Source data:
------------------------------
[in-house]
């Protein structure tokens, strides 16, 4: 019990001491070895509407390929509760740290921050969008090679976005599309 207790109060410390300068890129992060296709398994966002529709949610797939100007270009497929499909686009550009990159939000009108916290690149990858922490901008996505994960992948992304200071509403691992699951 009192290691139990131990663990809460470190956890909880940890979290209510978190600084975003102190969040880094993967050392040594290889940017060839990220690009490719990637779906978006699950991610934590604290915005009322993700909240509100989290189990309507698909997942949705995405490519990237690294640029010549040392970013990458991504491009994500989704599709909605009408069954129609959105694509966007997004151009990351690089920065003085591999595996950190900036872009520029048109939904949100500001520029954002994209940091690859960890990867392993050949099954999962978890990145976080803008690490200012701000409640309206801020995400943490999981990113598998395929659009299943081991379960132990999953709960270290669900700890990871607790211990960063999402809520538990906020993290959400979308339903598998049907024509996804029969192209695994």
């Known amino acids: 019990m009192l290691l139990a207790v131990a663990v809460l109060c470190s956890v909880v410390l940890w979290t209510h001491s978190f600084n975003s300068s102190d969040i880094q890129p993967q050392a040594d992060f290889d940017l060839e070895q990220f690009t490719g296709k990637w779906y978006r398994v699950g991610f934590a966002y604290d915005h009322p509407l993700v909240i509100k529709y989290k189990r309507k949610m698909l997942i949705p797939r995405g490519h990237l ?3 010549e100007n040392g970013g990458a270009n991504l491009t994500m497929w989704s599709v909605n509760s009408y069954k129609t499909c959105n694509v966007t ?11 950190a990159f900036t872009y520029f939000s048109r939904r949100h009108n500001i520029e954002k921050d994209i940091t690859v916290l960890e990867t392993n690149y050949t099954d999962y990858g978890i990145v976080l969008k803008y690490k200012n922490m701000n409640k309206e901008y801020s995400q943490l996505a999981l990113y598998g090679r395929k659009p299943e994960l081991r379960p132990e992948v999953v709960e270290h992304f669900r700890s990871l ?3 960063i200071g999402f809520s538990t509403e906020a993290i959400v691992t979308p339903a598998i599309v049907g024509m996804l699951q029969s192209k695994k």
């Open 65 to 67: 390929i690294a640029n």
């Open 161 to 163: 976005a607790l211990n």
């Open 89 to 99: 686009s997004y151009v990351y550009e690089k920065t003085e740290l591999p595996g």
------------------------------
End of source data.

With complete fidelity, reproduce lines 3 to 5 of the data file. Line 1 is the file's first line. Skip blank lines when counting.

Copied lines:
């Known amino acids: 019990m009192l290691l139990a207790v131990a663990v809460l109060c470190s956890v909880v410390l940890w979290t209510h001491s978190f600084n975003s300068s102190d969040i880094q890129p993967q050392a040594d992060f290889d940017l060839e070895q990220f690009t490719g296709k990637w779906y978006r398994v699950g991610f934590a966002y604290d915005h009322p509407l993700v909240i509100k529709y989290k189990r309507k949610m698909l997942i949705p797939r995405g490519h990237l ?3 010549e100007n040392g970013g990458a270009n991504l491009t994500m497929w989704s599709v909605n509760s009408y069954k129609t499909c959105n694509v966007t ?11 950190a990159f900036t872009y520029f939000s048109r939904r949100h009108n500001i520029e954002k921050d994209i940091t690859v916290l960890e990867t392993n690149y050949t099954d999962y990858g978890i990145v976080l969008k803008y690490k200012n922490m701000n409640k309206e901008y801020s995400q943490l996505a999981l990113y598998g090679r395929k659009p299943e994960l081991r379960p132990e992948v999953v709960e270290h992304f669900r700890s990871l ?3 960063i200071g999402f809520s538990t509403e906020a993290i959400v691992t979308p339903a598998i599309v049907g024509m996804l699951q029969s192209k695994k």
């Open 65 to 67: 390929i690294a640029n």
């Open 161 to 163: 976005a607790l211990n």